Everyone is awaiting Apple’s tablet device. Some people (like me) won’t shut up about it. Others (like Paul) won’t shut up about shutting up about it. And while no one is exactly certain what its main use will be, there are no shortage of signs pointing to a definite role as a new way to consume written media. And several old-school publishers seem to be tripping over themselves to get on board the device as print media continues to wither. Personally, I’m excited about the possibility of a resurgence of long-form journalism. And while I’m skeptical as to just how well any device can change our growing collective desire for faster content over better content, I hold out hope because of the way I currently use my Amazon Kindle.
The Kindle, while not the Apple Tablet, is an excellent device for doing one thing: reading. And when matched with the super-fast bookmarking service Instapaper, it’s perhaps the ultimate long-form article reader. And an update this week made it ever better.
On Monday, Instapaper creator Marco Arment announced that he had significantly upgraded Instapaper’s support for the Kindle. This update made articles saved to Instapaper and transfered over to the Kindle (either wirelessly or by USB-sync) more Kindle-like, which is to say, formatted in a way more much like periodicals are when bought on the device itself. That means that you can now use the Kindle’s buttons to more easily navigate through Instapaper articles you’ve saved to read on the device.
Previously, you had to go through a series of rather laborious clicks to reach an article, and even more to get back to the main menu of articles to pick a new one. Now, you simply use the Kindle’s stick to navigate forwards and backwards between different articles. (When you’re on a selected article you wish to read, you still use the standard “Prev Page” and “Next Page” buttons to read through them.) There’s also a new “View Sections List” to see a complete table of contents for all the articles you’ve saved to read. Arment also made a change so that only the most recent Instapaper articles are shown on your main Kindle screen, while old ones are moved to a different folder — something which stops a huge amount of clutter on your main screen if you fall behind in your reading (as I often do).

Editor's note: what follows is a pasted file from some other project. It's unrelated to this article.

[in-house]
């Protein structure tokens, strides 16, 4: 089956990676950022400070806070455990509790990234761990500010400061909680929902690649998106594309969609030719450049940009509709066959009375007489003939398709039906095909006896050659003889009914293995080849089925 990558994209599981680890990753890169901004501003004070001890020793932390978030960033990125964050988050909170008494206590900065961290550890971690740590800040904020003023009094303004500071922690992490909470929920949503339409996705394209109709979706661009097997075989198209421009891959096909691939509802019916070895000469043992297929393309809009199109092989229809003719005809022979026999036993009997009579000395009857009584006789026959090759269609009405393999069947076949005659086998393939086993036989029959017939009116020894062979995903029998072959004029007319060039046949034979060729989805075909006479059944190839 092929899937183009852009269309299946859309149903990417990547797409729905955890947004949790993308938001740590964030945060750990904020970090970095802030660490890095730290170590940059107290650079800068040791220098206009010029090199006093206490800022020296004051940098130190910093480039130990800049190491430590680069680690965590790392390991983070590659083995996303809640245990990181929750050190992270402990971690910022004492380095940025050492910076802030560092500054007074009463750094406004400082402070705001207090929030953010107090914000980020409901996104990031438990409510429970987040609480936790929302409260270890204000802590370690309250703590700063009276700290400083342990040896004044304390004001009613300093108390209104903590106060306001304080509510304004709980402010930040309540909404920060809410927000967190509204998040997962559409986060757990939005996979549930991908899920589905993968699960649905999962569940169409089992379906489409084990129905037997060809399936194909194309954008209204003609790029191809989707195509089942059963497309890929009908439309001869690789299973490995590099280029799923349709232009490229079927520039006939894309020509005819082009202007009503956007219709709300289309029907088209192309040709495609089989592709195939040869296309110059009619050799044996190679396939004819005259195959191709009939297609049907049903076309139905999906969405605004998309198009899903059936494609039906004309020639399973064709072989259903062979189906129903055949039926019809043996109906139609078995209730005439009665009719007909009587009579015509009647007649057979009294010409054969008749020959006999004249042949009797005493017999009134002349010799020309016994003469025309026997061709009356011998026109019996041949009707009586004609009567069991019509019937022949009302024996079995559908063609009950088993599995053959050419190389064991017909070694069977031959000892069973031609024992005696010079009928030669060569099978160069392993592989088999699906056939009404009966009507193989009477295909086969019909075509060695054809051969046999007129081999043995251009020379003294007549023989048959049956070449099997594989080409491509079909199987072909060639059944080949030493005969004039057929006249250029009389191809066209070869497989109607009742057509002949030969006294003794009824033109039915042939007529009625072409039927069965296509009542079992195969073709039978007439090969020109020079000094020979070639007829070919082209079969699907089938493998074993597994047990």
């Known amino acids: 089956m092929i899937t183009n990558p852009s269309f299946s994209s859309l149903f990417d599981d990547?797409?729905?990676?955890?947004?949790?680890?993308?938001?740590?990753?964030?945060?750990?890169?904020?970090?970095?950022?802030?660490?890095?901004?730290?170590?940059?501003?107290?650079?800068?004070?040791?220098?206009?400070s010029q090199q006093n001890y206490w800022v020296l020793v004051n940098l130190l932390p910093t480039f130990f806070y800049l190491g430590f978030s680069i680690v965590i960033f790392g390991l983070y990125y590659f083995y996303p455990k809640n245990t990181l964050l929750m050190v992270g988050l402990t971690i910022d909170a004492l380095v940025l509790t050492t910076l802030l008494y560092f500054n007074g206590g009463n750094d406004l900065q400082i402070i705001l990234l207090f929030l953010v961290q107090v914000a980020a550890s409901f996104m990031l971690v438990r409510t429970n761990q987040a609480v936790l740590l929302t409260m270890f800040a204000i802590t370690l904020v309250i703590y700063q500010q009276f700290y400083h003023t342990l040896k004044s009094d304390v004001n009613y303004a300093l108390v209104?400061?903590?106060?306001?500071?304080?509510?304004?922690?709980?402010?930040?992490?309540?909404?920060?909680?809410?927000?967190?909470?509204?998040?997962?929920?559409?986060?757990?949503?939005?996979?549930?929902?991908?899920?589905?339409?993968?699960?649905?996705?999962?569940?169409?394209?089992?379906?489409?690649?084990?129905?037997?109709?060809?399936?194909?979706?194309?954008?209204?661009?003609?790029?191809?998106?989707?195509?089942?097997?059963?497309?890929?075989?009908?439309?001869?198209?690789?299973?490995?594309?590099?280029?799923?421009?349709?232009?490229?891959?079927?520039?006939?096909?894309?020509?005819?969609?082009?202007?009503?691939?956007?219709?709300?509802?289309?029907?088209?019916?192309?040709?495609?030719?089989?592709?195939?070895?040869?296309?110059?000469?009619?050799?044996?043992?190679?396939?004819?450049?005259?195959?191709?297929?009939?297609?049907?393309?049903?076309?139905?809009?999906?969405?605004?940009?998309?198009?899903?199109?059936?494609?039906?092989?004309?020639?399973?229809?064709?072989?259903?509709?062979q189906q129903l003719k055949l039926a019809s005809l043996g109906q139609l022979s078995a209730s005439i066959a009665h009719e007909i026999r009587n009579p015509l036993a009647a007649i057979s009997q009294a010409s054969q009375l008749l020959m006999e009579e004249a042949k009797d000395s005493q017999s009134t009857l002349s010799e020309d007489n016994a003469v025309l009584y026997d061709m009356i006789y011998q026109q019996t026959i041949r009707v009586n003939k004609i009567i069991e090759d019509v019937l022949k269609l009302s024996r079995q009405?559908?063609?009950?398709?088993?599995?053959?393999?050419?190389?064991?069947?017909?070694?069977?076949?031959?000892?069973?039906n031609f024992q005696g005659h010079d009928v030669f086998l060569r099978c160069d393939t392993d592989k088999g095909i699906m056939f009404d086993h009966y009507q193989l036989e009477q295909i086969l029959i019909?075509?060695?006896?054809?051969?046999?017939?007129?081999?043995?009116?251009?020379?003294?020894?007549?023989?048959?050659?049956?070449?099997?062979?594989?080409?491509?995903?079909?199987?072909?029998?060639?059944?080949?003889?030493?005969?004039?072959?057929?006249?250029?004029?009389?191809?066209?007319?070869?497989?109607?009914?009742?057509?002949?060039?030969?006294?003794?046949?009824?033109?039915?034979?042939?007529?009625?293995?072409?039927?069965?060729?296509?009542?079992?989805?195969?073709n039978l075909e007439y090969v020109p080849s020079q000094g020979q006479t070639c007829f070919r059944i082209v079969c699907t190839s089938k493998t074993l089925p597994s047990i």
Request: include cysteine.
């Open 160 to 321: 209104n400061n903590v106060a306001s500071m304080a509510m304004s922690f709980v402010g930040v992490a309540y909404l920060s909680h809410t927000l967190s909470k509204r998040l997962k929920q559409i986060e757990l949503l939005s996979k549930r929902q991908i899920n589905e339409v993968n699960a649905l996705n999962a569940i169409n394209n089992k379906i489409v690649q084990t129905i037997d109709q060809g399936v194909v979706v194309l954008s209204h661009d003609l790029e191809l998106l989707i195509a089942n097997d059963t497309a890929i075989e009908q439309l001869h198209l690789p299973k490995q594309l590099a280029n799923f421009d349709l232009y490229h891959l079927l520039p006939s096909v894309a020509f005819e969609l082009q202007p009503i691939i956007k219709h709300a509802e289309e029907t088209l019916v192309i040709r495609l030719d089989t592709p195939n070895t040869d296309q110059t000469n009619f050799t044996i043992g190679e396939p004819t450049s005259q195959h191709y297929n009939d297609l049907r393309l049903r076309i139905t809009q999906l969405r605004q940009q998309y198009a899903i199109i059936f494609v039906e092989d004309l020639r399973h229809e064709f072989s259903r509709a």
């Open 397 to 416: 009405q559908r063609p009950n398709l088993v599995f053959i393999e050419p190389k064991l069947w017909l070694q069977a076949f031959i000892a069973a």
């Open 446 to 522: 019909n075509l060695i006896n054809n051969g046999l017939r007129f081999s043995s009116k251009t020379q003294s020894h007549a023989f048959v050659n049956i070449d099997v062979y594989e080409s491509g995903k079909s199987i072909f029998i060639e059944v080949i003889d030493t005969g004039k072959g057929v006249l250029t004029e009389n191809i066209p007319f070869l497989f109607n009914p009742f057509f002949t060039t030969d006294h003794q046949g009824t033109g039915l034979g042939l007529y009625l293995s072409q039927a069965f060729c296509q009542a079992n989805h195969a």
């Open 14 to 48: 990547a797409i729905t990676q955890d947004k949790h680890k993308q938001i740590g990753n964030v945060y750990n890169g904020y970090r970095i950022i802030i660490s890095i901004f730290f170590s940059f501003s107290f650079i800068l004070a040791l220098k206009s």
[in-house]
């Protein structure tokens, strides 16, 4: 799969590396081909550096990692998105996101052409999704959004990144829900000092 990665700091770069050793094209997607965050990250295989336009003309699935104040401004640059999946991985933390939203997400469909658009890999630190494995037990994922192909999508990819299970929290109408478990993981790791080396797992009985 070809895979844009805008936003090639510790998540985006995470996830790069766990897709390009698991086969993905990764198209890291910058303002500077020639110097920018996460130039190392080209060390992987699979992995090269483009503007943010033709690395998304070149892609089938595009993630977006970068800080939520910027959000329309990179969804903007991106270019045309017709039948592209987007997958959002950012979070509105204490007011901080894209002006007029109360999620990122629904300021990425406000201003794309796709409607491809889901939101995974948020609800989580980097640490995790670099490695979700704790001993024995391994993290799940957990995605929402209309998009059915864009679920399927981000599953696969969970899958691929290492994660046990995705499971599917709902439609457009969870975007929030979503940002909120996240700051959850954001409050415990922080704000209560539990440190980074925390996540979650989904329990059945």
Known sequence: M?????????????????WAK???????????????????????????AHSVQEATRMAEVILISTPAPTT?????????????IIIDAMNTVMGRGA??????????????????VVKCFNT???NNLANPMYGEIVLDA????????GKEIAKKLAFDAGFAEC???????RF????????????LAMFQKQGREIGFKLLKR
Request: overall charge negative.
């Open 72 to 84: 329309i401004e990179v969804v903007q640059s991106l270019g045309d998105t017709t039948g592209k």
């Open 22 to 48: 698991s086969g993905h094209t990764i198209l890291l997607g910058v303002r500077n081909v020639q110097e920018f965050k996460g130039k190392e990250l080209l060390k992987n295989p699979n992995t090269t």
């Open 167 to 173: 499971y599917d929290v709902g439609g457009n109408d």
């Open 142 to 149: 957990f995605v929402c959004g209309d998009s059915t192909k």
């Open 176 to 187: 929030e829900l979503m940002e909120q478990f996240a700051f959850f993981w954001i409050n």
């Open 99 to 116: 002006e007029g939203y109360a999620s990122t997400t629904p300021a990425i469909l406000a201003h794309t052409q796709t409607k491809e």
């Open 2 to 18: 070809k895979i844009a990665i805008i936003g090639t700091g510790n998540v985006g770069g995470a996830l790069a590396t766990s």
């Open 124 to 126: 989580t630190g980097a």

Arment notes that with this new formatting and organization, reading Instapaper articles on the Kindle is now he favorite way of consuming them, even beating his excellent iPhone app. And I have to agree. This combination of Kindle + Instapaper is a killer application for the device — and it’s available right now before the Kindle’s official support for apps (announced yesterday) is even in place. If an online article is over a few paragraphs, I now automatically use my Instapaper “Read Later” bookmarklet to save it and send it over to my Kindle for reading when I step away from my computer. And now it’s easier than ever to do that.
As I said, this use of the Kindle + Instapaper gives me hope for what Apple can deliver in terms of a reading experience with the tablet. And I see it as proof that the core concept of the tablet-as-a-reader can work. The Kindle will likely retain one big advantage: its e-ink is easier on your eyes (similar to paper) than a backlit screen (much like a computer screen), which the tablet is likely to use. But the tablet will likely offer colorful graphics and interactive elements that the Kindle can’t possibly match. Not to mention that as a touchscreen device, it will almost for sure beat the pants off of the Kindle’s button + stick navigation — just as the iPhone does.
Despite the aforementioned announcement of Kindle app support, I find it hard to imagine that the device will ever get anywhere near the type of apps an Apple tablet will likely bring with it. The Kindle is simply too slow and too well, monochrome. I suspect Amazon may change both of those things this year in direct response to not only Apple’s device, but the several other devices that will hit the market this year in time the great tablet war. But for now, the Kindle remains the way to read online content offline. At least until next week, it is the tablet king.